An energy crop grower with a poor environmental record is fined for Fenland pollution
An energy crop grower has been forced to pay more than forty-five thousand pounds in fines, costs, and compensation after polluting a couple of Fenland watercourses.
The Pretoria Energy Company (Arable) Limited grows feedstock for a sister company to use in anaerobic digestion plants. The pollution took place at Little Racy Drain in Norfolk and the New Cut Drain (West) in Cambridgeshire, both thanks to silage liquor leaking from ag-bags before finding its way into the watercourses.
Ag-bags are huge bags used in agriculture. They are often used to store agricultural feeds, sealed and left outdoors. Direct sunlight on the bags creates a large amount of gas and silage liquor. To reduce the pressure, the gas must be released and the liqor removed regularly. In this case, the 8 ag-bags in question were each 77 metres long and filled with 318 tonnes of silage, and hadn’t been looked after properly.
In February 2017 a member of the public contacted The Environment Agency about the pollution, later found to be leaking from ag-bags in Emneth. Some of the bags had holes in the sides where the silage liquor had leaked out, and sewage fungus was found growing 300m downstream.
While the company agreed to deal with the issue in early February 2017, nothing had been done by the next visit which took place in late March the same year. In July 2017 a council employee attending the site found five of the leaky ag-bags still on-site. A second location, Aldreth in Cambridgeshire, saw two separate pollution incidents in May. Samples taken in late June found the water to be “clearly harmful” to biodiversity.
The company confessed to causing both incidents. They blamed the extreme weather for ag-bags bursting and the fact that the ground was too hard to absorb the leakage.
This isn’t the business’ first pollution incident. They have previous convictions for two similar offences in 2014. Magistrates found the company was ‘reckless’ and hopes that the large fine acts as a deterrent to others.
South West Water pays out a fortune to the Westcountry Rivers Trust
South West Water will be paying £350,000 to the Westcountry Rivers Trust to help a Devon river recover from the pollution it caused. It’s an Enforcement Undertaking accepted by the Environment Agency as an alternative to prosecution, and the cash will be spent on waterways in the Plymouth area.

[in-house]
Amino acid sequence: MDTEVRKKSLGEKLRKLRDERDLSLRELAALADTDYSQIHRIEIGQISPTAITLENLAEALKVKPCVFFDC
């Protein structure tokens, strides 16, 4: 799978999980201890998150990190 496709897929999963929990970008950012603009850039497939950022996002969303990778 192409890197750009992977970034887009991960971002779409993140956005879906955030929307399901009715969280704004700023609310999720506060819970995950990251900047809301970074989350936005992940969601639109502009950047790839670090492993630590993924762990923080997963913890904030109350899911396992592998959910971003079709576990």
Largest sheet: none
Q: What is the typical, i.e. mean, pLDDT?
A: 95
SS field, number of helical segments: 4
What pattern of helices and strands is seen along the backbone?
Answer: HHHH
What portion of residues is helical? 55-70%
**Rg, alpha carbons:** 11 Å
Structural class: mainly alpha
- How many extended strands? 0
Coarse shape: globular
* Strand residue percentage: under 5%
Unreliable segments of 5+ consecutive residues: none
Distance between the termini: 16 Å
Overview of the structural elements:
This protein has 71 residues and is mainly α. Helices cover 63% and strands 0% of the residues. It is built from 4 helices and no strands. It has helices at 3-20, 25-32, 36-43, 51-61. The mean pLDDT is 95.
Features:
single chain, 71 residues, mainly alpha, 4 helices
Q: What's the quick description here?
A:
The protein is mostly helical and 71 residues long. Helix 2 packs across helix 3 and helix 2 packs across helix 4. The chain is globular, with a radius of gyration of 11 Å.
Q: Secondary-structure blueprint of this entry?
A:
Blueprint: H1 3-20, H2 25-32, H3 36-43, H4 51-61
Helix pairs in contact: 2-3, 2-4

In late summer 2016, the Environment Agency traced dead fish to a pollution incident at an overflowing manhole on SWW’s sewer network. It killed more than 100 brown trout, discovered where the Tamerton Stream enters the Tavy estuary.
The Tamerton Stream is no stranger to pollution incidents. It has suffered from several over recent years. South West Water has cleaned the main sewer line that runs through the woods since the incident took place and this should reduce the risk of further pollution.
More farm pollution – Northern Irish farmer pollutes a waterway
A farmer in Northern Ireland who let farm effluent flow into a waterway has been fined £1000 by the Department of Agriculture, Environment and Rural Affairs. A water quality inspector who was acting for the Northern Ireland Environment Agency found masses of sewage fungus growing in a tributary of the Mill Burn and traced it upstream to a discharge of farm effluent from a waterlogged field. A sample was analysed and was found to contain ‘poisonous, noxious, or polluting matter’ potentially harmful to fish.
Surfers Against Sewage warn beach-lovers in Cornwall
Surfers Against Sewage (SAS) claims storm sewage has been discharged from overflows right around the coast of Cornwall. And they’ve been trying to persuade people to stay out of the water because of the risks to health.
Problems were reported at Long Rock, Pentewan, Par, Millendreath, Seaton, Summerleaze, Crooklets, Mawgan Porth and many more beaches. Untreated sewage and wastewater often escapes from the thousands of coastal sewer overflows that dot the coast of Britain. Sometimes it reduces the water quality ‘significantly’. When this happens SAS is automatically notified via a real-time sewage alert via the Safer Seas Service.
The heavy rain we’ve been having compounds the risk. Water quality can be seriously reduced by heavy rainfall, which brings with it all sorts of pollutants from roads, towns, farms and septic tanks. When combined the effect can be very nasty indeed. But, as South West Water says, “The impact of this heavily diluted stormwater is short-lived and bathing waters are only impacted during the kind of weather we experienced.”
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David Cole MSEE
David is a pioneer of the spill containment and water pollution prevention industry with 30 years experience. He was instrumental in the development of CIRIA736 with The Environment Agency and is passionate about preventing water pollution.